From the bold and stylized lines of his Slackers series, to the soft strokes and quiet emotions of Love Story, Hertz Alegrio’s art reflects on and explores the struggles of youthful boredom, love, and friendships. Dabbling in many different mediums and styles, Alegrio creates works that are accessible and versatile while still retaining their feelings of intimacy and emotional vulnerability.
Can you tell us a little about your background and how you became involved with art?
I was born in the Philippines but my family uprooted to Southern California when I was three. My parents aren’t artists - my mom is in the medical field and my dad’s background was in engineering - but coming from an immigrant background we had to get creative to make do with what we had. My dad made things, my mom decorated from thrift stores and yard sales, and they both sewed and patched up our clothes. We were pretty DIY, but for our family that wasn’t a deliberate aesthetic. It was survival. That type of environment instilled a work ethic in my sister and I, who have translated it into our current fields: fashion and visual arts. Though my parents weren’t professional creatives, they nurtured, encouraged, and supported our interests in the arts.
Your early work was often was more realistic, rendered and quiet. Over the years while you have progressed, it has become very vibrant and extremely stylized. How did this transition begin, and are you happy with the direction you’re heading in?
I think the realistic work came from wanting to prove to myself and to others that I could draw my ass off, but I also think it reflected my emotions at the time. I was a pretty lonely teen and so naturally that came out in the images I produced. There is a quiet beauty to sadness that I wanted to capture. As I grew older, I realized the somber images I was making weren’t helping my depression. To remedy that I thought about what made me happy as a kid and that was cartoons. I had piles of sketchbooks from elementary to middle school of cartoons, so it was a natural transition. It wasn’t a drastic change, my work was slowly going in that direction anyway. I’m still interested in melancholy, but now I’m more interested in how it can be presented in a more subtle way. My current work is colorful and designed, but there’s still an underlying current of ennui, discontent, and displeasure. And though the characters are more stylized, there’s still a sense of realism.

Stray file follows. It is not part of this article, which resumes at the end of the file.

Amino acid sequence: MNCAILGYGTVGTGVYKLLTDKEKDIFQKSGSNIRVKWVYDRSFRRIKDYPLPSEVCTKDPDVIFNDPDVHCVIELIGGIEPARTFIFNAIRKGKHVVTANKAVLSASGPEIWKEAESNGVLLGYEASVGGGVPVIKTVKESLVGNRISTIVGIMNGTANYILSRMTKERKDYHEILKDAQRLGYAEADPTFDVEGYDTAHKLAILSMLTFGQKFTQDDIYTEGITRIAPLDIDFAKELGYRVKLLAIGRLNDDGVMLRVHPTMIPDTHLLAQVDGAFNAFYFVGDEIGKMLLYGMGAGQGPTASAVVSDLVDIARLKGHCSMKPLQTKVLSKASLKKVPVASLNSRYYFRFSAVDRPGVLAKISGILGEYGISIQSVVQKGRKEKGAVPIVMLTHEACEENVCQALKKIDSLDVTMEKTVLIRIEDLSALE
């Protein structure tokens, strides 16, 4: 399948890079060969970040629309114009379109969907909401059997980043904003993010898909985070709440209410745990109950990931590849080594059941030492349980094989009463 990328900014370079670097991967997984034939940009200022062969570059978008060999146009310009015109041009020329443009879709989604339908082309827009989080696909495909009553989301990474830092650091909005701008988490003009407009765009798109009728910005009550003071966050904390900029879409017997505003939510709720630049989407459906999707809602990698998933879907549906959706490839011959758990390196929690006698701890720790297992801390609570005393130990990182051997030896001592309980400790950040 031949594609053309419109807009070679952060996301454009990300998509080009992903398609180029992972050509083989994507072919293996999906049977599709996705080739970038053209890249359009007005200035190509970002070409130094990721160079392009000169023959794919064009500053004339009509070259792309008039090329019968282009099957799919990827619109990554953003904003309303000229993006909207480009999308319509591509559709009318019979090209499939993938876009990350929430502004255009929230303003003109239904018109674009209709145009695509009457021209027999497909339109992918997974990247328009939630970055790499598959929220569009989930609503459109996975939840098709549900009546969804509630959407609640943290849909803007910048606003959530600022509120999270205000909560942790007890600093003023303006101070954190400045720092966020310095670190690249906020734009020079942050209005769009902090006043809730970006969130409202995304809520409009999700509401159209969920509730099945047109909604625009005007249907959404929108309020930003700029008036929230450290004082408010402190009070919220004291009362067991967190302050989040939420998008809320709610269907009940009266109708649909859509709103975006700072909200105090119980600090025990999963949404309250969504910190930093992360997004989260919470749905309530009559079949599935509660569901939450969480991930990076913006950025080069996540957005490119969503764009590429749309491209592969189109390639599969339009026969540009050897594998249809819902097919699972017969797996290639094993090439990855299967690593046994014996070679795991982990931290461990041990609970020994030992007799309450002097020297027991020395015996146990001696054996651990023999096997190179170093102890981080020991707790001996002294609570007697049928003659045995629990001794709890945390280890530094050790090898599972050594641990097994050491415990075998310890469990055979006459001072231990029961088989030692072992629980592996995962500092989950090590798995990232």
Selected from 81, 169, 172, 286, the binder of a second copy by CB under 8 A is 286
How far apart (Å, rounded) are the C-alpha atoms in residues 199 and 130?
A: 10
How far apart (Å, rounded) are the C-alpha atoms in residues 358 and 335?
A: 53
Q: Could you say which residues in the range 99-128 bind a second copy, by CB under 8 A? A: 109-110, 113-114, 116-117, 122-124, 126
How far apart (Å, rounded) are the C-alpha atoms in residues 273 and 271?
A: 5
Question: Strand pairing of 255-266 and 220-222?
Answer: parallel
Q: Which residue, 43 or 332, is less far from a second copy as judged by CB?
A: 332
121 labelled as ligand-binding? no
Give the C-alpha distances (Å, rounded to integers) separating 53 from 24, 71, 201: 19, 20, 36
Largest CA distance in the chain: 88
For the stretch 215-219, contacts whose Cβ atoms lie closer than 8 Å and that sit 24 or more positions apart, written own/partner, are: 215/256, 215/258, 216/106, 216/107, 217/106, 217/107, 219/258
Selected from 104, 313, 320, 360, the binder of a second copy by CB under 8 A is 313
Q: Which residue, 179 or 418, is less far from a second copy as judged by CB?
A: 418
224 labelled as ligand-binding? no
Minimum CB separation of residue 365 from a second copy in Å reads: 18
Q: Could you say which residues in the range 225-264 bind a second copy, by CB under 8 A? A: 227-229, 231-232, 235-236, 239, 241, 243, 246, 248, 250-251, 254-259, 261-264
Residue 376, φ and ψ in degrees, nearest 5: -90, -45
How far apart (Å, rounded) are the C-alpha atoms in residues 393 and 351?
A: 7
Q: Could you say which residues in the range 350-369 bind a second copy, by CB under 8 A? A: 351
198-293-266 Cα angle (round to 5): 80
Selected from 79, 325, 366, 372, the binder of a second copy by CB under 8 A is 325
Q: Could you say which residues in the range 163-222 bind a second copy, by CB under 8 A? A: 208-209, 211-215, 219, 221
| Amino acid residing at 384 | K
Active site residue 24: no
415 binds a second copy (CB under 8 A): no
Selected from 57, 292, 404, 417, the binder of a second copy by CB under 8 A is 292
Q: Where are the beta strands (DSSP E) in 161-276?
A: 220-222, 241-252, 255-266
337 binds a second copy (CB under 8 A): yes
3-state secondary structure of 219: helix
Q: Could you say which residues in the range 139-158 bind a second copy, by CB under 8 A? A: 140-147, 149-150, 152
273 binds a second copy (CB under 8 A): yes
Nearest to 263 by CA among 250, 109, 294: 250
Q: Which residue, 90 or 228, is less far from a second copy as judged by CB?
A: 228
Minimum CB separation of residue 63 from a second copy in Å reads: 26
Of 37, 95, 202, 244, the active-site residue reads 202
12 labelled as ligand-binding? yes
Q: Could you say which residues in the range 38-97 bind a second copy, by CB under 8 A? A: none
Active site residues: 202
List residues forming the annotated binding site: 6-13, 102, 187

Your new series of drawings seems to capture those in-between, spontaneous moments with friends. From drawings of stick n poke tattoos to picking up packs of beer, it almost looks you are following your friends around and illustrating the events of one day. Can you tell us a little about the project and the feeling you were trying to convey?
The series was for a class at Art Center College of Design called Illustrative Storytelling taught by the amazing Jeffrey Smith. The assignment was to illustrate a day in the life of something or someone. I decided on depicting my friends. The series is a bit fictional, but as with all fiction there’s a kernel of truth. My friends are suggested to be young slackers who spend their days doing nothing but skate around, drink, smoke, and lounge about. It’s a celebration of slackerdom! But slackers my friends are not. They’re some of the hardest working people I know. They just look great and make fantastic models.
Where do you draw your inspiration from? Do your friends and real life experiences strongly influence your work?
It’s hard for me not to be influenced by my friends, either by their ideas or their work, but a lot of my recent imagery has revolved around certain characters with suburban frustration. I grew up in Orange County and I’ve been trying to get as far away from the suburbs since I ventured past the orange curtain into Los Angeles. As a kid I hated the staleness of the place, but now that there’s enough distance (in miles and years) I’m starting to embrace the strange beauty of Southern Californian suburbs. Aside from that, comics are a huge inspiration and cartoonists like Michael Deforge and Patrick Kyle are heavy (but subtle) influences.